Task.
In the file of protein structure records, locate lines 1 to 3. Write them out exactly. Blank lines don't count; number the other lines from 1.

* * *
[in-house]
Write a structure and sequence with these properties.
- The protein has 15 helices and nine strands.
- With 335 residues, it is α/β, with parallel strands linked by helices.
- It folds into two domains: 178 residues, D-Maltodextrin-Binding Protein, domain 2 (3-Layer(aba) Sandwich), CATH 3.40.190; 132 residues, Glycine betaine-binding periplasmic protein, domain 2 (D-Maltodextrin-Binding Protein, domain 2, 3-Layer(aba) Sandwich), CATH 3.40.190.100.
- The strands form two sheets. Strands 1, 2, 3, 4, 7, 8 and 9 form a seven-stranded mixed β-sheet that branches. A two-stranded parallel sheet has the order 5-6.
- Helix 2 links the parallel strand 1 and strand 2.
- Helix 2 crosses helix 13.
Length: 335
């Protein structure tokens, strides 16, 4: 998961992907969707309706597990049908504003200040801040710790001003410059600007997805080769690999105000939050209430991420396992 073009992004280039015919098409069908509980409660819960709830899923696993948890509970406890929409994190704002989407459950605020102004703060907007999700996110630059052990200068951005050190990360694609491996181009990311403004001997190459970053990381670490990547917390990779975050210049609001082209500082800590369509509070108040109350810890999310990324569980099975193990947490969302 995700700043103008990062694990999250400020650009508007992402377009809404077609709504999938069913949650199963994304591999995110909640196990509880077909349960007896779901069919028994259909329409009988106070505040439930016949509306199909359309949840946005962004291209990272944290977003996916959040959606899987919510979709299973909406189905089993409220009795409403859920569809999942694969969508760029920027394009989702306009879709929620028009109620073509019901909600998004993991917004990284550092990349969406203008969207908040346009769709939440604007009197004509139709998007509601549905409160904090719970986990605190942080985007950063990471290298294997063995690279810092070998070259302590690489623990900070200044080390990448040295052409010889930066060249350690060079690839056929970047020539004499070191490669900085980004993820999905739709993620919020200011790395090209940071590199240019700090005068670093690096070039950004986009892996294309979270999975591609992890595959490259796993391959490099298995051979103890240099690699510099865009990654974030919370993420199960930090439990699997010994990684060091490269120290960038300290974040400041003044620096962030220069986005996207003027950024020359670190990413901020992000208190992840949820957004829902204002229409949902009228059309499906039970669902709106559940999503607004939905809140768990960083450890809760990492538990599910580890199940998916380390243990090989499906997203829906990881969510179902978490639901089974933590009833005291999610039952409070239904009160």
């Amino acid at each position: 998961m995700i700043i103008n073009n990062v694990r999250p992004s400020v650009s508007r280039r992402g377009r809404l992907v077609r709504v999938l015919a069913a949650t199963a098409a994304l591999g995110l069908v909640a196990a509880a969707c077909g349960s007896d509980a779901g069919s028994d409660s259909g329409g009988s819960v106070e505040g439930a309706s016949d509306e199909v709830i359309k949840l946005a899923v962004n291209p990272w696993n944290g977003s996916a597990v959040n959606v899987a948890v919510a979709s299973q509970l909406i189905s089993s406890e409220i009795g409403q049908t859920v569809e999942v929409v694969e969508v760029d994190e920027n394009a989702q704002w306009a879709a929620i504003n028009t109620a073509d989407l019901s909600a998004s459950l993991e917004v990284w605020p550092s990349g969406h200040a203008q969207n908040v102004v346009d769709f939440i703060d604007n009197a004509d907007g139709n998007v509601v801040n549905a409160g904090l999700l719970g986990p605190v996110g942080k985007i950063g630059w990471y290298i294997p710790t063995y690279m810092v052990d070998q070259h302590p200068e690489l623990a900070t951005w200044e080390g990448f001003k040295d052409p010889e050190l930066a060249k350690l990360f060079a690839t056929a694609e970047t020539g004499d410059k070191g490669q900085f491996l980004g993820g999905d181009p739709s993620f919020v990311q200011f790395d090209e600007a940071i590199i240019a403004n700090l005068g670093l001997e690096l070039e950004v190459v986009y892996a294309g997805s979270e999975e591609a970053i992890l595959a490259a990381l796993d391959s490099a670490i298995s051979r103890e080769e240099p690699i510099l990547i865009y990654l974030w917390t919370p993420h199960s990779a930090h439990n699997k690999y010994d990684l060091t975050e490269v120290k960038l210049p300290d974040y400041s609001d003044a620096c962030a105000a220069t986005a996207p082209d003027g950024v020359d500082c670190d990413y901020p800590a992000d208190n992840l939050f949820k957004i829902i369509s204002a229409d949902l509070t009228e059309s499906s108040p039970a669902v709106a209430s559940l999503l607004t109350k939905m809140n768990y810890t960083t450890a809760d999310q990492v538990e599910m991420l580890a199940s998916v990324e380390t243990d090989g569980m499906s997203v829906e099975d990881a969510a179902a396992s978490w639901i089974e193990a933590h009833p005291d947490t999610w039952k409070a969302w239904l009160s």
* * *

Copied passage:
[in-house]
Write a structure and sequence with these properties.
- The protein has 15 helices and nine strands.